Two of the greatest people in the world, and I'm lucky enough to call both of them friends. And facing the dismal prospect of not seeing either of them very often over the summer. And them facing the even more dismal prospect of not seeing one another very often over the summer. My ability to emphathize overwhelms me sometimes. Gah, don't look at me, there's just dust or something in my eye.
Monday, May 11, 2009
I'll be able to walk, barefoot, through my forest of sunflowers, marveling at these towers of green and yellow and brown, smiling at how insignificant I am compared to such beauty. I'll be able to lie down in my forest of sunflowers, gaze up at the sky, the blue sky, and laugh as my monstrous sunflowers block out the very thing they are named after. No need for shade trees. I'll be able to sleep in my forest of sunflowers, unafraid of nightmares, nightmares of loss and sadness and darkness, for such things would surely perish in the face of such light and simplicity. I'll be able to daydream in my forest of sunflowers, and as I dream, my mind will be clear of anything that takes away from the happiness of such a moment. I will think of the person who gave me this forest of sunflowers, and wonder at what I'd ever done to deserve such kindness.
Thursday, May 7, 2009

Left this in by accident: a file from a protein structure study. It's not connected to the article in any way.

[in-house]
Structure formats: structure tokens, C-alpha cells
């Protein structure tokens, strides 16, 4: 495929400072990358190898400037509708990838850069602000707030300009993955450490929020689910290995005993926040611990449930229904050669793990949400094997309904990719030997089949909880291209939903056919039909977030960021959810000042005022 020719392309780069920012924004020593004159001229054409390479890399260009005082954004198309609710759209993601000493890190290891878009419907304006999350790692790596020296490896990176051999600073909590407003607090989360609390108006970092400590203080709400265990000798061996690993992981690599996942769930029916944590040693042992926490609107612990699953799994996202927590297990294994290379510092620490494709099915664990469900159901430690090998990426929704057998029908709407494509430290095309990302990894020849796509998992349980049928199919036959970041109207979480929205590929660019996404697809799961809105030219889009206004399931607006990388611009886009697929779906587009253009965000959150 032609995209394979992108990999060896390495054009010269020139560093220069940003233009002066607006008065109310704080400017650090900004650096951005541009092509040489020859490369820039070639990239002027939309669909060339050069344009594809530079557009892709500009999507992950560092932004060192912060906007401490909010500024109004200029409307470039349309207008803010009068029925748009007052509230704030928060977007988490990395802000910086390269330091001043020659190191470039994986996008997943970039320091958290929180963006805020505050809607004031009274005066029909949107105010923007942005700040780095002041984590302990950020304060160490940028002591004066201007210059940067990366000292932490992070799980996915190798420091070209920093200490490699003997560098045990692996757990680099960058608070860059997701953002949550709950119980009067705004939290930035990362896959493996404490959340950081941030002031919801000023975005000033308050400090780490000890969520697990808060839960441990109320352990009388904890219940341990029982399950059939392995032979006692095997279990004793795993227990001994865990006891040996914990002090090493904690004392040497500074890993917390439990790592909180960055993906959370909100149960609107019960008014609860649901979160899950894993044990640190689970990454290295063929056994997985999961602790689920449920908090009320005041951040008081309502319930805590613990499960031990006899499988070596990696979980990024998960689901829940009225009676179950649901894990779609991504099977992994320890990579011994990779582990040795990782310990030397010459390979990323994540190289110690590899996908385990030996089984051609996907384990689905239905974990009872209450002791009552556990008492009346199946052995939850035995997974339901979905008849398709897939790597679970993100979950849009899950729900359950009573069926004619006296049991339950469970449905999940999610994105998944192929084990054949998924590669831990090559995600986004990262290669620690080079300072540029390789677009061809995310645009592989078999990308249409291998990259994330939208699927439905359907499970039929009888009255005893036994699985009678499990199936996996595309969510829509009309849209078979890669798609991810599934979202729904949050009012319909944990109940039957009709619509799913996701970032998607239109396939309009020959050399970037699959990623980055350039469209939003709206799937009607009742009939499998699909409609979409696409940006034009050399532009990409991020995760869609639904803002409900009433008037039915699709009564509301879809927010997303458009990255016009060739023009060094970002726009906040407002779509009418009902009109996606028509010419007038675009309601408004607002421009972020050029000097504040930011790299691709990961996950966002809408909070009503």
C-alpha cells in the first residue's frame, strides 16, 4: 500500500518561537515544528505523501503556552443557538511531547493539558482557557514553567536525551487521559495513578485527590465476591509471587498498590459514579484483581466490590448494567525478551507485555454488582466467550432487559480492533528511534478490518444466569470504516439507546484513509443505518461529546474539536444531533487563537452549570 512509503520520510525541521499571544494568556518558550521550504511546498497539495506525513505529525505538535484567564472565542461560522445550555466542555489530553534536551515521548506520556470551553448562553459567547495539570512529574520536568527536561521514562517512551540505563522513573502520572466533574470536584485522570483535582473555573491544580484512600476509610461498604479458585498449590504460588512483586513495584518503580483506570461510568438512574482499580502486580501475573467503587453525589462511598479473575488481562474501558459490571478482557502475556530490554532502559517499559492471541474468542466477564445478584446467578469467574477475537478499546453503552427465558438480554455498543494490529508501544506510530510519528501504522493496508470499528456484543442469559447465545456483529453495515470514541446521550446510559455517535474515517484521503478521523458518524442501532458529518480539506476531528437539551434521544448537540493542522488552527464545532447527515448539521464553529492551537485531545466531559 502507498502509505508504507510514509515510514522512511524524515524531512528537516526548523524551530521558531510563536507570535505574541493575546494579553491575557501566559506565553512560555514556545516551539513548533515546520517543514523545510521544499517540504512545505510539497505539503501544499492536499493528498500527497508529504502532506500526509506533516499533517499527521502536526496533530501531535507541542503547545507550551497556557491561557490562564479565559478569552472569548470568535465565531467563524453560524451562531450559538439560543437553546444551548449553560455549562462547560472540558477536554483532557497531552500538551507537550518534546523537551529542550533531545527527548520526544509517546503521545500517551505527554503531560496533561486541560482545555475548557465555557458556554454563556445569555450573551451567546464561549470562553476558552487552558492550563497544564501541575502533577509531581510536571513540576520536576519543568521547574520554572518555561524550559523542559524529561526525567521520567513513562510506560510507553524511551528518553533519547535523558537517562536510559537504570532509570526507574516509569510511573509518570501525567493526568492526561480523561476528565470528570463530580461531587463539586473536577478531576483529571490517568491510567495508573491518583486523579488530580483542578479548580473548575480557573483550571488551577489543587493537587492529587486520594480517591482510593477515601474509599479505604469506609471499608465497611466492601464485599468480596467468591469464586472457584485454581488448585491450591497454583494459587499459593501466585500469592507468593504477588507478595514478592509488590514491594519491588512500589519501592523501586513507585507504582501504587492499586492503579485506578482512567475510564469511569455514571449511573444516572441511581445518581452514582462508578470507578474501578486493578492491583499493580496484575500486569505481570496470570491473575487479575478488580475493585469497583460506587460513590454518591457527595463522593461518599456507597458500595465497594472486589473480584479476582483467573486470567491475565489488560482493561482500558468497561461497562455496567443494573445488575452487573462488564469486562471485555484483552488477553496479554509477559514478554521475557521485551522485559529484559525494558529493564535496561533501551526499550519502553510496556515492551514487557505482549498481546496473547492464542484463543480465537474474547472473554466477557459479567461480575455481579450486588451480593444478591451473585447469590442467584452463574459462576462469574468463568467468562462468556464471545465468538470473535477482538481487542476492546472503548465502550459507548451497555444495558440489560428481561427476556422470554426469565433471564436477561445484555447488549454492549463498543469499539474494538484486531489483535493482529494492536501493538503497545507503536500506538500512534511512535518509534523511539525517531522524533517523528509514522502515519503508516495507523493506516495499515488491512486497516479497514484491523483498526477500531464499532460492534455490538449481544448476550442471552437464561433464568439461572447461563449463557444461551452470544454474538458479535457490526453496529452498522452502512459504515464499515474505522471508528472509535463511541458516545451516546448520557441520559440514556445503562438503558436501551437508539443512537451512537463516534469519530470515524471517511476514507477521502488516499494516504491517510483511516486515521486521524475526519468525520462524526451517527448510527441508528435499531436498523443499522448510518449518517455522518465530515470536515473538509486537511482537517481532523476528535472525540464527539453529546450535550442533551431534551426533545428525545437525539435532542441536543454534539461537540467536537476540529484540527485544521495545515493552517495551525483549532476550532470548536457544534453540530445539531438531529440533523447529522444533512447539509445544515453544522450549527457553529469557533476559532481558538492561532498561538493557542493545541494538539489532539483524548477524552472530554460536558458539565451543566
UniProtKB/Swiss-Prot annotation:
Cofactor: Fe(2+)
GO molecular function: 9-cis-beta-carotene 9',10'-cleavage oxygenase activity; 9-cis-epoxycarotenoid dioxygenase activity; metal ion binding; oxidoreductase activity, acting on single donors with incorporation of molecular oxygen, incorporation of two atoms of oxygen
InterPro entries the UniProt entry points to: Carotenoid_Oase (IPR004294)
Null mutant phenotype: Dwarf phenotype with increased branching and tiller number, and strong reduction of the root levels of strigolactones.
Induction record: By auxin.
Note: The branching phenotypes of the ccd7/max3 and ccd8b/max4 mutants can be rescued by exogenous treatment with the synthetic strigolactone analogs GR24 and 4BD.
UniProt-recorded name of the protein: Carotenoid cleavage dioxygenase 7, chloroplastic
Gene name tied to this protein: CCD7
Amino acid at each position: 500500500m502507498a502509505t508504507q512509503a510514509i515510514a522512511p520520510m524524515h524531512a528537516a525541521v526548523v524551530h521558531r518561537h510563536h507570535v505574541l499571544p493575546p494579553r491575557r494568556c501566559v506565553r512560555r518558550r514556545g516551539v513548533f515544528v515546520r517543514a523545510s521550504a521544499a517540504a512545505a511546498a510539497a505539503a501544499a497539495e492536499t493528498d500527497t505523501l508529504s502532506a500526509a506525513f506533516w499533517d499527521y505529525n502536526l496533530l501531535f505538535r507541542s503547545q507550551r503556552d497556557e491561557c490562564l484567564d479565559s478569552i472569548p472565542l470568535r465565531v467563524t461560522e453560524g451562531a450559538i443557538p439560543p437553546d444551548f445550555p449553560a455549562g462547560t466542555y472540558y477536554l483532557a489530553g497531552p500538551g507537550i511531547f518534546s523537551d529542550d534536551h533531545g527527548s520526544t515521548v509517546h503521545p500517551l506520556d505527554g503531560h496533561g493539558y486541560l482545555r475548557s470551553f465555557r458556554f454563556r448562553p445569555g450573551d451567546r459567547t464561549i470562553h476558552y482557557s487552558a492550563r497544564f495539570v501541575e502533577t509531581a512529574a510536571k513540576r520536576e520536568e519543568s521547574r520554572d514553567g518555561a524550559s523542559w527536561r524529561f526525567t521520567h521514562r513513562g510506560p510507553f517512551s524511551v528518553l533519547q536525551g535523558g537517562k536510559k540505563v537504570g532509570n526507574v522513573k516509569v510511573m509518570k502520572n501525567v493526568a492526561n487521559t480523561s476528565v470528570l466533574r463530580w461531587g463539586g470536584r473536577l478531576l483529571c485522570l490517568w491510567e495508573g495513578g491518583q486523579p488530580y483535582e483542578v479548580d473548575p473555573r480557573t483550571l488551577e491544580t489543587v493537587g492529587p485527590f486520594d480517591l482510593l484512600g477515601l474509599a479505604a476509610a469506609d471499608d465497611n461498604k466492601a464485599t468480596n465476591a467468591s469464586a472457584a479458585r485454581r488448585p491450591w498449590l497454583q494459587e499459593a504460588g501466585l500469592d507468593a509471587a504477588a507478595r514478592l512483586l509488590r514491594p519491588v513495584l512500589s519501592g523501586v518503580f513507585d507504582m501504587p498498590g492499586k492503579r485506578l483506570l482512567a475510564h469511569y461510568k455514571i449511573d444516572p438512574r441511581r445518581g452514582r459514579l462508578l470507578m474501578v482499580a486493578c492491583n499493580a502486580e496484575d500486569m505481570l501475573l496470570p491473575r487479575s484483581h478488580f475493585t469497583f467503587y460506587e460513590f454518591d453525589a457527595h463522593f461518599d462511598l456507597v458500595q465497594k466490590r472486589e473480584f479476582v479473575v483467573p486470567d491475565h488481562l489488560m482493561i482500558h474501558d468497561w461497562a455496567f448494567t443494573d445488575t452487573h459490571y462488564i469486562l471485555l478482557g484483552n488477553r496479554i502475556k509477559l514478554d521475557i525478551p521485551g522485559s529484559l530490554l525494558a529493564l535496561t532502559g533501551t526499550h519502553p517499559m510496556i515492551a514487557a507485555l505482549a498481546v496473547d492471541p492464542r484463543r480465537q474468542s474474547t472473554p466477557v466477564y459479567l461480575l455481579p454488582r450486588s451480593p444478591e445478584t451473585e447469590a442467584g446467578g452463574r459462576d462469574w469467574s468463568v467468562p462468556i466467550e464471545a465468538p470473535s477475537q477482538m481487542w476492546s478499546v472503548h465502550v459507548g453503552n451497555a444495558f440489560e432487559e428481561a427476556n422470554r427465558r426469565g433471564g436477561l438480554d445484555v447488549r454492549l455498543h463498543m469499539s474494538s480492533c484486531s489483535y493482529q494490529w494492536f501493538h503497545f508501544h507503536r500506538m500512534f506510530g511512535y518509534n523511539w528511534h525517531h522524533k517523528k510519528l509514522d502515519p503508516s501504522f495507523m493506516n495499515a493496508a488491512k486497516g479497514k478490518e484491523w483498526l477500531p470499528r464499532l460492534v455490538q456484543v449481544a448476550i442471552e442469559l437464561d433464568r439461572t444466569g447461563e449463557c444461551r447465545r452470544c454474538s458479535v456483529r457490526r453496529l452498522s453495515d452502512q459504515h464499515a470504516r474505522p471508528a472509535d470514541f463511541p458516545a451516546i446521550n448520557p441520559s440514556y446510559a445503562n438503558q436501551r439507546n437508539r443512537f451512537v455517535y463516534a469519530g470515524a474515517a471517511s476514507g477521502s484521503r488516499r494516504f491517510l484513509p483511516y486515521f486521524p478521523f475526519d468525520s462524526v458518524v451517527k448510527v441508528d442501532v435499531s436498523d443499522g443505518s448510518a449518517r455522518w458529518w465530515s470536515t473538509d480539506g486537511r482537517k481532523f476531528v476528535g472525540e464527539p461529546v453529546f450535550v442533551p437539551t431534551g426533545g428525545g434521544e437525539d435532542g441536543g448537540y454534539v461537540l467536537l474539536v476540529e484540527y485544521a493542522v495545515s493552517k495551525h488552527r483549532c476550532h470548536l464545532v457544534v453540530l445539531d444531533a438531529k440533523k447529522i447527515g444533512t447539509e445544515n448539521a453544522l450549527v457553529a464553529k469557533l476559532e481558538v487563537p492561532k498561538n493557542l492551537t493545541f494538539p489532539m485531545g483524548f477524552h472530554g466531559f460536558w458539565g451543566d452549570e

What if there were magnets in everyone's hearts. And if you got too near your soul mate, or they got too near you, or you got too near one another, you'd fly right into each other's arms. Picture New York City. No, picture New York City on Valentine's Day. There would be more people zooming around the crowded streets than taxicabs. And everyone would be smiling. Even the people who weren't fortunate enough to find their soul mates on that particular day, for they would see the promise and the hope, the promise and the hope literally flying around them. They would feel it rushing past them--the tornado of newly united lovers--in the whirl of a young woman's skirt, in the whip of a businessman's tie. And imagine the moisture in the air, of coffee and cappuccinos and mocha lattes, milk and chocolate and vanilla all thrown carelessly up toward the sky, for the jolt from the magnetic heartstrings doesn't allow time to set things down. Imagine that. How wonderful. For those who are lucky enough to have already found their soul mates, they would look upon this wild scene, nod their wise heads, and smile. They remember what it felt like to defy gravity, to fly over the bewildered heads of the cynical and the hopeless, and land safely and gently, into the arms of a familiar stranger. And they remember knowing, without the shadow of a doubt or the luxury of memory, that this person was going to be significant.